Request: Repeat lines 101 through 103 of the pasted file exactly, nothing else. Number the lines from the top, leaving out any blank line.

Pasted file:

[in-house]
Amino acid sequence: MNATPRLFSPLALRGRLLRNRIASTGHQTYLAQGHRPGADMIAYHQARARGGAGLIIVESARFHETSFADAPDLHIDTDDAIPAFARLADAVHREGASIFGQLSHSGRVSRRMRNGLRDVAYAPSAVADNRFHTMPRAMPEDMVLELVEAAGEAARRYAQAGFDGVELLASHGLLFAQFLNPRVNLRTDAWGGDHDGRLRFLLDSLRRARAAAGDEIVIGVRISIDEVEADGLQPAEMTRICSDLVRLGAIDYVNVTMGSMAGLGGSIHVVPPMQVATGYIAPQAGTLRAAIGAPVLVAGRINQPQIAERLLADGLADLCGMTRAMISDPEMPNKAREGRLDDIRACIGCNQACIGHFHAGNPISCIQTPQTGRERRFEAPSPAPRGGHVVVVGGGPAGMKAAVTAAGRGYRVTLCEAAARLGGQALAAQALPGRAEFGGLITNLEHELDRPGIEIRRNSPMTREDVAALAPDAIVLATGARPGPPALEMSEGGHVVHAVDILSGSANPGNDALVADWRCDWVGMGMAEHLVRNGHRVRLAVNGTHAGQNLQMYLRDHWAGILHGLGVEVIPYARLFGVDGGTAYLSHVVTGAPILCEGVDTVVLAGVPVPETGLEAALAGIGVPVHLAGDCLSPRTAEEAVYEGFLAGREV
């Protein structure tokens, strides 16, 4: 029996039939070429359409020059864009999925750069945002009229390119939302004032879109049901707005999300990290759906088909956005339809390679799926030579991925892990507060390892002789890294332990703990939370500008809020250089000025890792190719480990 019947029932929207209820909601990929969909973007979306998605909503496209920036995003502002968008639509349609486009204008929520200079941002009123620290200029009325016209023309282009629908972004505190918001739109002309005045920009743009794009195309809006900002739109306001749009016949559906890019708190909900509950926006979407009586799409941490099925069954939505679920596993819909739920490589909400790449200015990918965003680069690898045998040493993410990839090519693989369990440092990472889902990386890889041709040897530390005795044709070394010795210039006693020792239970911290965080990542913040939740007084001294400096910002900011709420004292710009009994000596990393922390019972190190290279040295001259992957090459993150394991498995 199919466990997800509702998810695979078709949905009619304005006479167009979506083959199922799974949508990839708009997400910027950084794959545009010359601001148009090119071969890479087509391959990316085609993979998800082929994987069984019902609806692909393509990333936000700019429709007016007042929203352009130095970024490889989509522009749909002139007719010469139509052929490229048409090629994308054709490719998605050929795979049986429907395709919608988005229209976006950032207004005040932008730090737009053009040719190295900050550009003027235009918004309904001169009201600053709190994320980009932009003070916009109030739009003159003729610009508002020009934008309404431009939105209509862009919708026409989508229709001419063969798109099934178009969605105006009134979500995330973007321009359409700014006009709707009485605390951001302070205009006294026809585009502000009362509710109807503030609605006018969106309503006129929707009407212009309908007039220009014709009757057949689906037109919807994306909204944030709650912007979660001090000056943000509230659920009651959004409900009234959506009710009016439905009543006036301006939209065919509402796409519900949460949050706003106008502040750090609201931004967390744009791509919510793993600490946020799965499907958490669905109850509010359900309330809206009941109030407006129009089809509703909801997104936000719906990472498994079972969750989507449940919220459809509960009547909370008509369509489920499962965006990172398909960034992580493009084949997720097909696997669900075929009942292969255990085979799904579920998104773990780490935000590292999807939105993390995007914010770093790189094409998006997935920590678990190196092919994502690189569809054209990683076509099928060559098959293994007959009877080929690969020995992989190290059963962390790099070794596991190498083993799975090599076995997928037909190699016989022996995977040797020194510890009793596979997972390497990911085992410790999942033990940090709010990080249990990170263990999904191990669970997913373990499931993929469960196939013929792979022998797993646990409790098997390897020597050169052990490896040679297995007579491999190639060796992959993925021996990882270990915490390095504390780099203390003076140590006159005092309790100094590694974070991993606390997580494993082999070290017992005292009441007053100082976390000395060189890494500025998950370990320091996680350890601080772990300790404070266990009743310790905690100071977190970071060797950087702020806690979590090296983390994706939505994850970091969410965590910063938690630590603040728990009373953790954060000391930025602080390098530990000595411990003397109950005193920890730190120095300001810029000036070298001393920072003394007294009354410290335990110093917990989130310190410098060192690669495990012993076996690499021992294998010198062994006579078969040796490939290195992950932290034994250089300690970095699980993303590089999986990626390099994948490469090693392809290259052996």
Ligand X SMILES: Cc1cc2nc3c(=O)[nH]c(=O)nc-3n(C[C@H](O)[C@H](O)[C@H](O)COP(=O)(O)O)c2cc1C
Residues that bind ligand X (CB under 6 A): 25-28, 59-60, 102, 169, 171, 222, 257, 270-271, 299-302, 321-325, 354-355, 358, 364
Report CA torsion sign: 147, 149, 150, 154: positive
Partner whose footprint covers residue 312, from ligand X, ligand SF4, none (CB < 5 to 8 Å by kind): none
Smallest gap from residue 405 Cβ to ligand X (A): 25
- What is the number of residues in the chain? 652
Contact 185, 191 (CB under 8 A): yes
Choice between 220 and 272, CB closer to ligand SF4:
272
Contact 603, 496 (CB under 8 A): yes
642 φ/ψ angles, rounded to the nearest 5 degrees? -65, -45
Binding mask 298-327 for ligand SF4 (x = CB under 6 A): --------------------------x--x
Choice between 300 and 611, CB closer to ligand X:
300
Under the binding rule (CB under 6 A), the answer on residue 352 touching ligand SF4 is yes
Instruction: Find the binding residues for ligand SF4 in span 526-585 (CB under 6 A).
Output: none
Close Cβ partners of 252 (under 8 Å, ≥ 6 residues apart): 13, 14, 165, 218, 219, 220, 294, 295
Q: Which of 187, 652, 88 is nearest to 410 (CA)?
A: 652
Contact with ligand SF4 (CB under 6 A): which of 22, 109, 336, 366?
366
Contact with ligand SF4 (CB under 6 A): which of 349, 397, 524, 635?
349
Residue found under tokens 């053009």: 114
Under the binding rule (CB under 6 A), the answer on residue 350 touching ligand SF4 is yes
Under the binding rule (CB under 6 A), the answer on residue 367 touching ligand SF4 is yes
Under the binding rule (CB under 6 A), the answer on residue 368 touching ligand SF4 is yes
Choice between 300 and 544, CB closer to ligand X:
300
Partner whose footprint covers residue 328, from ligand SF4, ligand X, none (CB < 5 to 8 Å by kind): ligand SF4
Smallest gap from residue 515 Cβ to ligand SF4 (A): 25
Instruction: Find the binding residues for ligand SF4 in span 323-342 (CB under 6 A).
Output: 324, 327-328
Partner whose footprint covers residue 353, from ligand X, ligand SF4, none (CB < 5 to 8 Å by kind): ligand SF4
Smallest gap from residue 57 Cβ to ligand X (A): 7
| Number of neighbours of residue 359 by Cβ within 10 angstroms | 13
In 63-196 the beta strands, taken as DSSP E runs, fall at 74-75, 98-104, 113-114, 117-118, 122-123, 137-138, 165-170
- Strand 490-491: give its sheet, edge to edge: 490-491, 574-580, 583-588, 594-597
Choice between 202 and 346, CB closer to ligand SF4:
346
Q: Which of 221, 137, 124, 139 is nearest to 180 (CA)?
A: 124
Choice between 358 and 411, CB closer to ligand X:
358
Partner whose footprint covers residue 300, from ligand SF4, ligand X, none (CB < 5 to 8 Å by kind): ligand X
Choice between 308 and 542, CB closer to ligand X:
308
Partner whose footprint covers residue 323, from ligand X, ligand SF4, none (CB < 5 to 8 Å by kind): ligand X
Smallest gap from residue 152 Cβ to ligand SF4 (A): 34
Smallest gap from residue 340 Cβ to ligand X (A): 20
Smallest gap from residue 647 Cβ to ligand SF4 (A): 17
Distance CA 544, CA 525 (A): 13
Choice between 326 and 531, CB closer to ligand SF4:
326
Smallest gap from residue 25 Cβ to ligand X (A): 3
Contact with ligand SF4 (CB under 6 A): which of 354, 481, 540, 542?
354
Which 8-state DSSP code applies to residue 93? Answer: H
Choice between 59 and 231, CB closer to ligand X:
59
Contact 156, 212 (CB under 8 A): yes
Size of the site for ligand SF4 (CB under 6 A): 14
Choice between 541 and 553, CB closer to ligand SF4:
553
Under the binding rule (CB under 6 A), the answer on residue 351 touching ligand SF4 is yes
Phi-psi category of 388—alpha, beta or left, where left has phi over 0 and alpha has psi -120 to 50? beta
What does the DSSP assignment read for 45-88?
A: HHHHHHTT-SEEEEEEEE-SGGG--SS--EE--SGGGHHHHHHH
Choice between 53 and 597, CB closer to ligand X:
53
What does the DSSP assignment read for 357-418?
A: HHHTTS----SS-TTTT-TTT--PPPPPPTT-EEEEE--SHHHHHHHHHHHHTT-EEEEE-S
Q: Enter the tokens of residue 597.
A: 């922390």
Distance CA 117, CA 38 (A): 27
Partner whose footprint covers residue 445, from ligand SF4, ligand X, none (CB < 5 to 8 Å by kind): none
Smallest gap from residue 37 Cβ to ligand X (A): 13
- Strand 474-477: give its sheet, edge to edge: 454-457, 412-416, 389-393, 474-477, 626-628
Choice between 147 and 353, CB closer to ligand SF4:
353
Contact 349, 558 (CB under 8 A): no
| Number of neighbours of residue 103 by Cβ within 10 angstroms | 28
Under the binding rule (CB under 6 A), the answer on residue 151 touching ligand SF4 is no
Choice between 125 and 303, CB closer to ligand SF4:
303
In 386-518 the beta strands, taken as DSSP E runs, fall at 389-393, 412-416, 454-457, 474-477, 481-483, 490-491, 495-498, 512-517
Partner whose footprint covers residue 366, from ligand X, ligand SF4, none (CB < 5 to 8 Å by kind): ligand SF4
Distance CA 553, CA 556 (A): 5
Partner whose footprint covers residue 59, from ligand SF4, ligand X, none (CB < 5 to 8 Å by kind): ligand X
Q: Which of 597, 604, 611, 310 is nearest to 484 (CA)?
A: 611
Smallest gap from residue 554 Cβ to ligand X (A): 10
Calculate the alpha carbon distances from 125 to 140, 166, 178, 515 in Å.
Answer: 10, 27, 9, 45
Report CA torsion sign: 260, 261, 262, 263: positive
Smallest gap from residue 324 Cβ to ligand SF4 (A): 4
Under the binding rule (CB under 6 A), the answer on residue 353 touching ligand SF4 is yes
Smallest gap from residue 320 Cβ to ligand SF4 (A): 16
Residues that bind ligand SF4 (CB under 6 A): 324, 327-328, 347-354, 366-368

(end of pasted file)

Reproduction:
Under the binding rule (CB under 6 A), the answer on residue 353 touching ligand SF4 is yes
Smallest gap from residue 320 Cβ to ligand SF4 (A): 16
Residues that bind ligand SF4 (CB under 6 A): 324, 327-328, 347-354, 366-368